Current Comics – 75 Years After 1948

Of the two-score-minus-one comic strips Mike Peterson displayed from 1948 seven are still being syndicated with new content in 2023. None of which will be highlighted in this post.

Which is not to say some oldies won’t be here. The Phantom was around then and is now.

At the risk of stepping on the toes of the excellent blogger Joseph Nebus, there’s a plot development in The Phantom Daily strip that I just need to comment on.

Dan Fraser at The Chronicle Chamber has some thoughts on Tony DePaul’s Wrack and Ruin plot twists.

But there was another possible ending given in Chapters 4 & 6 – one where Diana leaves and it seems that Savarna steps in, fulfilling her erstwhile fantasy of connecting with Phantom 21 and producing Phantom heirs of her own.

But is all as it seems? Here’s my theory, a guess really, at yet another twist in the tale. I wonder if Savarna and Kit Jr becoming an item might fit within Mozz’s prophesy of her becoming The Phantom’s wife. Maybe, just maybe, Savarna ends up marrying Phantom 22.

Read: Was Old Man Mozz incorrect by one generation of Phantom?


Mara Llave: Keeper of Time the comic strip wasn’t around 75 years ago, though maybe the character was/will be.

The world of “Mara Llave” is chockfull of opportunities to creatively explore points of conflict for its characters due to its limitless setting based on time travel. Segura and Villiger specifically crafted this to transcend genre and allow them to be more flexible with their storytelling.

“We realized we needed the kind of story flexible enough to allow us to tell any story — a western, space-opera, noir-detective story. That’s when we landed on time travel,” reveals Segura. “‘Mara,’ to us, is like playing jazz. We’ll go where our shared mood takes us, and the world of ‘Mara Llave’ can contain it.”

The Countess at the Comics Kingdom blog interviews Alex Segura and Nickolej Villiger, creators of Mara Llave.


Yeah, one Thanksgiving tradition is football, but this is about cartoonist Robb Armstrong, creator of JumpStart.

Renowned cartoonist Robb Armstrong ’85, the creator of the syndicated comic strip JumpStart, has always appreciated an influential art teacher’s guidance that led him to Syracuse University. These days, Armstrong is committed to helping guide the next generation on their path to success. In a recent campus visit, he sat down for an interview with Nikkos Saviolis ’23, an illustration major who aspires to write and draw graphic novels. When Saviolis asked him what advice he had for students who want to follow their dreams, Armstrong told him, “There is nothing more valuable than you and your contribution to this world, and the sooner you recognize that, the sooner we’ll have a chance to experience what you want to give us.…

A five minute audio/video segment from Syracuse University with Robb advising a young cartoonist.


These days all is by computer, but 75 years ago there was a different process to printing newspaper comics.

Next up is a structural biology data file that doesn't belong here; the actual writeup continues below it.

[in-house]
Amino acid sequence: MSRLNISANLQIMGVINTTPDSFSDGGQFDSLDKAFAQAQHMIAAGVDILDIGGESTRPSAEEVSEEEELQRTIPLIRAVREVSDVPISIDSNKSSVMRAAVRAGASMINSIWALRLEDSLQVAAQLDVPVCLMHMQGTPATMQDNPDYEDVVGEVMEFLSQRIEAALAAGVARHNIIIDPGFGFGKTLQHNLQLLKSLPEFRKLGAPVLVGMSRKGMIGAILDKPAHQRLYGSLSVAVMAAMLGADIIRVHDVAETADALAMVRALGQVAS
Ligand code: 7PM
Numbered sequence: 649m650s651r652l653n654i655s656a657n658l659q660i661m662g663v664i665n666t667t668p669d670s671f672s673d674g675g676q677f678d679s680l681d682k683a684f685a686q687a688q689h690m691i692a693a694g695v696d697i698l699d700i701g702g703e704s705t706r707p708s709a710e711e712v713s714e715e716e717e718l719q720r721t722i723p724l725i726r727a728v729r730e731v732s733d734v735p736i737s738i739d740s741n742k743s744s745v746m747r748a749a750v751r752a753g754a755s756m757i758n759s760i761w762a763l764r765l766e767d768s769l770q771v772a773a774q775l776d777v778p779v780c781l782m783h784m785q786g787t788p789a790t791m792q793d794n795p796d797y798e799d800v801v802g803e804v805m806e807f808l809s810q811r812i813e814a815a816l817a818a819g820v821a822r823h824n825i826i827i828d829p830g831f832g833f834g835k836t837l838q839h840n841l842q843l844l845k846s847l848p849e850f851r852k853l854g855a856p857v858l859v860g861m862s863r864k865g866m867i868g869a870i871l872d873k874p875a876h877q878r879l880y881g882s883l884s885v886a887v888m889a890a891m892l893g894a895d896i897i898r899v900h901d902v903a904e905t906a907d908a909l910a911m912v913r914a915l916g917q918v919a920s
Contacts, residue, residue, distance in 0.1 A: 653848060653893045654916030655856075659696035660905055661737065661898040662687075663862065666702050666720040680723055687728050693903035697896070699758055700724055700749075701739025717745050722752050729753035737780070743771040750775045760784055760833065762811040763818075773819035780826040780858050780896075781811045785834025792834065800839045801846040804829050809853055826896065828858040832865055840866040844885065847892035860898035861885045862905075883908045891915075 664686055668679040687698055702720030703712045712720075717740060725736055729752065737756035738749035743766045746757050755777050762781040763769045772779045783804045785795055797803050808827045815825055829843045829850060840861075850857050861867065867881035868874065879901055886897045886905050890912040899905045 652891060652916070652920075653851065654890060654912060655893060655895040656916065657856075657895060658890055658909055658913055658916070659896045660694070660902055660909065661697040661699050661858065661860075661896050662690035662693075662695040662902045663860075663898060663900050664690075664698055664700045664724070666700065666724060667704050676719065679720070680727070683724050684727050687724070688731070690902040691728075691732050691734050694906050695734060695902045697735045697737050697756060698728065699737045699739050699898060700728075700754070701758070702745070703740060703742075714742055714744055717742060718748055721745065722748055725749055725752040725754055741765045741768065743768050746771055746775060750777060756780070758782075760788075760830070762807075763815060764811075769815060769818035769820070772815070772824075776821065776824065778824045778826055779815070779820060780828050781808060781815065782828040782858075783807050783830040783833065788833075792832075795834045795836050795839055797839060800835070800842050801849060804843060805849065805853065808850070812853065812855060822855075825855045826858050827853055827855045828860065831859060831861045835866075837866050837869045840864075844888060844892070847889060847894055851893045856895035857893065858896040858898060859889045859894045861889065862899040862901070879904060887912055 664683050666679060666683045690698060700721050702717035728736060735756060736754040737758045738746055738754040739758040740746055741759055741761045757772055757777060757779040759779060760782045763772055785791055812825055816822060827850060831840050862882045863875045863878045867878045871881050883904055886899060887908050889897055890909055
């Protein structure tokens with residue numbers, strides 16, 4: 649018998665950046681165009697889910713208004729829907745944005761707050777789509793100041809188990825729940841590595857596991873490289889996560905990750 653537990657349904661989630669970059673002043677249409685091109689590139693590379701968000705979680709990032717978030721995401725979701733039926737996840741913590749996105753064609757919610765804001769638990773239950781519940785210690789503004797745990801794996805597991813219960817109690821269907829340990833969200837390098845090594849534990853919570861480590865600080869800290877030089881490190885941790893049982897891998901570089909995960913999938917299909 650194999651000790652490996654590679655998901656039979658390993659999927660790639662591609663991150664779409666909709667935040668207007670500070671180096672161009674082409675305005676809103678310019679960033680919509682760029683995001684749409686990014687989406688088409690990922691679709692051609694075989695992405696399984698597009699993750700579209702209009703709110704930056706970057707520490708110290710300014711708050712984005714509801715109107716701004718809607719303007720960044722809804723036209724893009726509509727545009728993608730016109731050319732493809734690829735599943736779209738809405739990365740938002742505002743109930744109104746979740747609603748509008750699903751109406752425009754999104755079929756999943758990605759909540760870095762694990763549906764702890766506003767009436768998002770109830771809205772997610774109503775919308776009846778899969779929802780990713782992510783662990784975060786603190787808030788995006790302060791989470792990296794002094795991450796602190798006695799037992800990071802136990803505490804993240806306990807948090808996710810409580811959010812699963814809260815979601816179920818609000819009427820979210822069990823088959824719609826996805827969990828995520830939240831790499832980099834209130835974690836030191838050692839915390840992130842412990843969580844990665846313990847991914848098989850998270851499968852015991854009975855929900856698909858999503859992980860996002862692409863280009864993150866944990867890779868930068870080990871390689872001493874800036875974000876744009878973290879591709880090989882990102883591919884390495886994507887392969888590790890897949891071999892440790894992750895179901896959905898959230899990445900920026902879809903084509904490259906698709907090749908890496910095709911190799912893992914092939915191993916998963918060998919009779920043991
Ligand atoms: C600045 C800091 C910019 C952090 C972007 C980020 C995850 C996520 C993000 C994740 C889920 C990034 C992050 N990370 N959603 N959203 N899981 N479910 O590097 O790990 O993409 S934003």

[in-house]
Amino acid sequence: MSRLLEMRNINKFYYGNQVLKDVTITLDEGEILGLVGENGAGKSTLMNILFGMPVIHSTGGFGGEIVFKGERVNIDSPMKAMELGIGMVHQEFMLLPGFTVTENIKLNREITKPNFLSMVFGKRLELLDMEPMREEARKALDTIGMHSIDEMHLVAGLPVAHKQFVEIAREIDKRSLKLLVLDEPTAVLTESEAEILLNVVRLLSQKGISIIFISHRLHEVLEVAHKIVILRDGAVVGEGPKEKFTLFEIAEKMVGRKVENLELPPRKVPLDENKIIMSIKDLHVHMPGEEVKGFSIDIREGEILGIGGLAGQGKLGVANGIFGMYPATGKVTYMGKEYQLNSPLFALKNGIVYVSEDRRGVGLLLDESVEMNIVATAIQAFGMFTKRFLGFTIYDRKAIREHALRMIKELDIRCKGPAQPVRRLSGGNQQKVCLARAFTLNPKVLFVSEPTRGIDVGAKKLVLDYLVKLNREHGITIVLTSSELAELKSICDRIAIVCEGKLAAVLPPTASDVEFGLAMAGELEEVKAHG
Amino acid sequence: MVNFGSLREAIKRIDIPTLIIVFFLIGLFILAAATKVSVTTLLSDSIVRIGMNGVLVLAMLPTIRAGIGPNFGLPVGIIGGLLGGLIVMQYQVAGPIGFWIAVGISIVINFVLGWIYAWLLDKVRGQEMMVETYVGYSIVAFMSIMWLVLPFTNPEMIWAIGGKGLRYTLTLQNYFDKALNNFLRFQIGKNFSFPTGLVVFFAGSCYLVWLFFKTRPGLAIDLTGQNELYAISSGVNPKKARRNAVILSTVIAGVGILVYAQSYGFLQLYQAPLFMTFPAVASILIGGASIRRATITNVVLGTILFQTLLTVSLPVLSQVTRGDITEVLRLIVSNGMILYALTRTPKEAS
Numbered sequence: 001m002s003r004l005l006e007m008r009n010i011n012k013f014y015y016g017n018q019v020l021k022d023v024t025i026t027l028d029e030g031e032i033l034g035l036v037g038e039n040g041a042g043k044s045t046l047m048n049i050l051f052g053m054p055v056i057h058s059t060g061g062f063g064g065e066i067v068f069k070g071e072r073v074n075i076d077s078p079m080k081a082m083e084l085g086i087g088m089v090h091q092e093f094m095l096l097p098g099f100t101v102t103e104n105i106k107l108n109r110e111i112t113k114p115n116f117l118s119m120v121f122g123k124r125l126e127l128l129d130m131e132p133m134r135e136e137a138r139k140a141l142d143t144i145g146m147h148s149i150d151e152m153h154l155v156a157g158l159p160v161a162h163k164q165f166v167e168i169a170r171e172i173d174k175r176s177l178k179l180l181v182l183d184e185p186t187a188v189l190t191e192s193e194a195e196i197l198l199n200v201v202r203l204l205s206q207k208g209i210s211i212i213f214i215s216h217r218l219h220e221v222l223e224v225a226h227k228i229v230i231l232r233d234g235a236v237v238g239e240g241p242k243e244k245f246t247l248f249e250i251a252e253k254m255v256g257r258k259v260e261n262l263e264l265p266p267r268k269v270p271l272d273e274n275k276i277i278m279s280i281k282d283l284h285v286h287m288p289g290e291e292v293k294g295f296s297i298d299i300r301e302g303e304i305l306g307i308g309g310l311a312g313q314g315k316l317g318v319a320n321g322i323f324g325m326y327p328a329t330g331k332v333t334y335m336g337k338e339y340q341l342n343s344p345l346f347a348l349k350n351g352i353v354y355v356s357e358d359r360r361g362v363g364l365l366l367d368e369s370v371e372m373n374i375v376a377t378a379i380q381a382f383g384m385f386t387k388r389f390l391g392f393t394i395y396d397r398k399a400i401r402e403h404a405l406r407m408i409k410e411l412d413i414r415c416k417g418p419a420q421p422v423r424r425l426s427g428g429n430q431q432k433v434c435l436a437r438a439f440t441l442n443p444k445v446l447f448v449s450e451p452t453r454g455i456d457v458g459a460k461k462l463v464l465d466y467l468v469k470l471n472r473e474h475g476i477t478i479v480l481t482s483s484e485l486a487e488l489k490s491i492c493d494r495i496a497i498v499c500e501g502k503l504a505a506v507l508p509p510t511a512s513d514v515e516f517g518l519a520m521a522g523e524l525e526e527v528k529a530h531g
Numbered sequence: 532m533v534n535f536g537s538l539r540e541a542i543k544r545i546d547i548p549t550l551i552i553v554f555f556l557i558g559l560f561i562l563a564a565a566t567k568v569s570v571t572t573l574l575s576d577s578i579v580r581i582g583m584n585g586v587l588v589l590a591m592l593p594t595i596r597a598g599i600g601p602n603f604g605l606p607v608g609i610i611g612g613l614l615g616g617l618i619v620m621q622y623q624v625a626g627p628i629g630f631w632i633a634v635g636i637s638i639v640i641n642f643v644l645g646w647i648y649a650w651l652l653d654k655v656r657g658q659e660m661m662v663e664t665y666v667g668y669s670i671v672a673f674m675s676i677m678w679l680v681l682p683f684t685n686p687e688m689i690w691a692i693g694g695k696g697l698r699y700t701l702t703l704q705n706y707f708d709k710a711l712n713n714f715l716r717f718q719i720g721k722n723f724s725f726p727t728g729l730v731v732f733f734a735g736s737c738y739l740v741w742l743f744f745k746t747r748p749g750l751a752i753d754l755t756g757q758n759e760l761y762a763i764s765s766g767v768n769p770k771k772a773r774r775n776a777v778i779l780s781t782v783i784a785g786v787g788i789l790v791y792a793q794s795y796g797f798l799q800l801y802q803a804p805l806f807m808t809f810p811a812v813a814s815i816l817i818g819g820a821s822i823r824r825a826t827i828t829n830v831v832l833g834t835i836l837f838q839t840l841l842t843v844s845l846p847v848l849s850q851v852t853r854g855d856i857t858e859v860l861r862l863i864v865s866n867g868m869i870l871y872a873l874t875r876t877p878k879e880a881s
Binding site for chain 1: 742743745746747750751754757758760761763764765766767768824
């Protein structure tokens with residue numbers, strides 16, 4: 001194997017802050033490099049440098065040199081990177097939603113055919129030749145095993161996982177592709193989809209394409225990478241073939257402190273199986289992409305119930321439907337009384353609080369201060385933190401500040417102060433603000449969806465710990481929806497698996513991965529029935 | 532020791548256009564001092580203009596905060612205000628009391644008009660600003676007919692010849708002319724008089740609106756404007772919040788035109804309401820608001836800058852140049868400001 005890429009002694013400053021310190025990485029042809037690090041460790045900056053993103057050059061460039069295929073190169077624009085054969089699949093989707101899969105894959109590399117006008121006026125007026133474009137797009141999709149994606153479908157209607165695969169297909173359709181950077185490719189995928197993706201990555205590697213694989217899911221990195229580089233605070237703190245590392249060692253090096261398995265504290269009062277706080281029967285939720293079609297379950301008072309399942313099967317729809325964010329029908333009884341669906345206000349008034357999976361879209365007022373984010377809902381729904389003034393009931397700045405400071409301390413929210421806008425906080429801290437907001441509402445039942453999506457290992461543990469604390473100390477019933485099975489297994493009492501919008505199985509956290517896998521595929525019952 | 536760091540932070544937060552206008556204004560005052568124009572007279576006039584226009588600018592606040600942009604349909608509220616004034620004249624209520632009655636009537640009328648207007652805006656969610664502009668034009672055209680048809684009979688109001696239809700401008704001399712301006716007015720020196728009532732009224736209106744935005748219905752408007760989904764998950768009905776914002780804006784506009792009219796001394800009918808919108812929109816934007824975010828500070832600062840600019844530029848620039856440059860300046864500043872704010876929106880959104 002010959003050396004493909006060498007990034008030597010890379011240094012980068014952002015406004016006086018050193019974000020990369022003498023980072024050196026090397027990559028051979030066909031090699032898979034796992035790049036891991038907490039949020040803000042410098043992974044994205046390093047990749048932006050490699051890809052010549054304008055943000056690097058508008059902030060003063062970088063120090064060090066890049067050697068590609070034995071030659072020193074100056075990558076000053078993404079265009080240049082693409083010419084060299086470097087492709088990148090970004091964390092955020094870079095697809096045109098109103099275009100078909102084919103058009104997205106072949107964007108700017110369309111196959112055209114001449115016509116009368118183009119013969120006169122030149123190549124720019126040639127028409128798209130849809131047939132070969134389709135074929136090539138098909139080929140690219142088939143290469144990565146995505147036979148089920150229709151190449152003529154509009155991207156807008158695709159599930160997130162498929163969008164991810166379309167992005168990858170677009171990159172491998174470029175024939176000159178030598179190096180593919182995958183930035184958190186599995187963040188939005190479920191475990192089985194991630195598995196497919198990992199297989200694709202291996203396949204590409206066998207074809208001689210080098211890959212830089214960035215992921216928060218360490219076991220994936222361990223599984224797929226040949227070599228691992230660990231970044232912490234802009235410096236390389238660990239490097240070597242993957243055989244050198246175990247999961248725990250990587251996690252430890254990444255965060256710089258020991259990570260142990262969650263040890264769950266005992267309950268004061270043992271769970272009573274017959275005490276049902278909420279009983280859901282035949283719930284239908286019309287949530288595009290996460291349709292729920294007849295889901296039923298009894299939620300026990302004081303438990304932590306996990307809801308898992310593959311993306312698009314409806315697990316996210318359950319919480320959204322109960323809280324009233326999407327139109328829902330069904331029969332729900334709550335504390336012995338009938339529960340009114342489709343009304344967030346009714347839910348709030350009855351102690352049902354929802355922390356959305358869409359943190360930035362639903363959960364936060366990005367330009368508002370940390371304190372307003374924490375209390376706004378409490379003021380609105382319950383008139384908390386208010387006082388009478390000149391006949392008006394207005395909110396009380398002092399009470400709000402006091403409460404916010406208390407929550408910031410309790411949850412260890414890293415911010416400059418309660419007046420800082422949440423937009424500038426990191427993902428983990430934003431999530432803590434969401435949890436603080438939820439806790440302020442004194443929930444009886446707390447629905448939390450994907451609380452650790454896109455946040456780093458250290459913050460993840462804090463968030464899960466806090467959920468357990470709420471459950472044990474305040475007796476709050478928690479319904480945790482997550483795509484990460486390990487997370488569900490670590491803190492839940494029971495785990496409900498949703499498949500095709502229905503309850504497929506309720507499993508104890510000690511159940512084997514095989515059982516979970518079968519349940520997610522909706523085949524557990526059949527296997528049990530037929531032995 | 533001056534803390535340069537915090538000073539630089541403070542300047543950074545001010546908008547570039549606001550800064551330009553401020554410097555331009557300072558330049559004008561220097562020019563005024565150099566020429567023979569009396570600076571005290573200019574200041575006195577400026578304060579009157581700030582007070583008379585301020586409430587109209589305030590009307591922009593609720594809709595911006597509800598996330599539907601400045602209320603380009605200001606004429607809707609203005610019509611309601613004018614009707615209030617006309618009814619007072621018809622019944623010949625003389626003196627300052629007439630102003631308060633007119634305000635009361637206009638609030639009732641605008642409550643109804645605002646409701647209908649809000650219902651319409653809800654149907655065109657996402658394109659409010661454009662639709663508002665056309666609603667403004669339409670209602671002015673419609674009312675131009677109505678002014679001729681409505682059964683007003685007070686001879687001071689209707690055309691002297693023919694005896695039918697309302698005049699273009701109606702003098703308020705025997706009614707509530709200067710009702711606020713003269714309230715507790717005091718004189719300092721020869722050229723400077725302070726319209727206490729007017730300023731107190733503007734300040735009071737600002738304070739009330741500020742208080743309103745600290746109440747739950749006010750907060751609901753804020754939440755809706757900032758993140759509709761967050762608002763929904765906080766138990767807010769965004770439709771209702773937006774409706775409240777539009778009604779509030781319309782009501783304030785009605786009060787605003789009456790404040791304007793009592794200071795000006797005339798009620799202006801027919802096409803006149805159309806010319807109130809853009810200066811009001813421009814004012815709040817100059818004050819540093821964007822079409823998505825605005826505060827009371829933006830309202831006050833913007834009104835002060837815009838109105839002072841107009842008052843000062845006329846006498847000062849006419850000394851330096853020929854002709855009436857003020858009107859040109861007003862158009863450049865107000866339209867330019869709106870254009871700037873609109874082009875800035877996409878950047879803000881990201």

Glenn Fleishman is preparing a book with a new take on comics history.

The book will cover the entire history of newspaper comics from a unique angle—how they were made and printed. You can find many other books that I can recommend that look at comics through the lens of artist, biography, genre, and subject matter, as well as hundreds of lovingly, painstakingly restored collections, such as the complete “Peanuts” the and “Little Nemo” Sunday strips.

How Comics Were Made, turns to the stories of creation: What did artists’ originals look like and how were they transformed for print? In the days before digital reproduction, how did a cartoonist tell a printer they wanted a 30% green? How, in fact, did the Yellow Kid get his tint? How did cartoonists represent Black faces in a medium that favors the empty page and was poor at reproducing nuanced tones? The answers are surprising, revealing, and beautiful. You’ll see reproductions of art and artifacts that have never appeared in print anywhere, and some historic comics will appear for the first time ever in any medium in this book.


A more specific history at AdExchanger.

I recently stumbled on a first edition of the classic AdExchanger comic. 

I have no idea how I came to possess this artifact of ad tech history, but there it was, blaring at me from a pile of old papers: “Gigantic First Issue!! AdExchanger: An All-Star Collection of the Greatest Advertising Stories Ever Told!” It is dated December 2010. 

Paul Knegten at AdExchanger reviews their first comic. The current AdExchanger comic archives.


Not 75 years … “it was twenty years ago today.”

Eight years after Berkeley Breathed ended his Bloom County (1980-1989) and Outland (1989-1995) comic strips, he returned to newspapers with the Sunday-only Opus on November 23, 2003.


Finally, we’ll borrow a panel from today’s Arlo and Janis:

One thought on “Current Comics – 75 Years After 1948

  1. “How Comics Were Made” — I can’t imagine more than a dozen people in the world would get excited over this announcement, but I’m definitely one of ’em!!!

Comments are closed.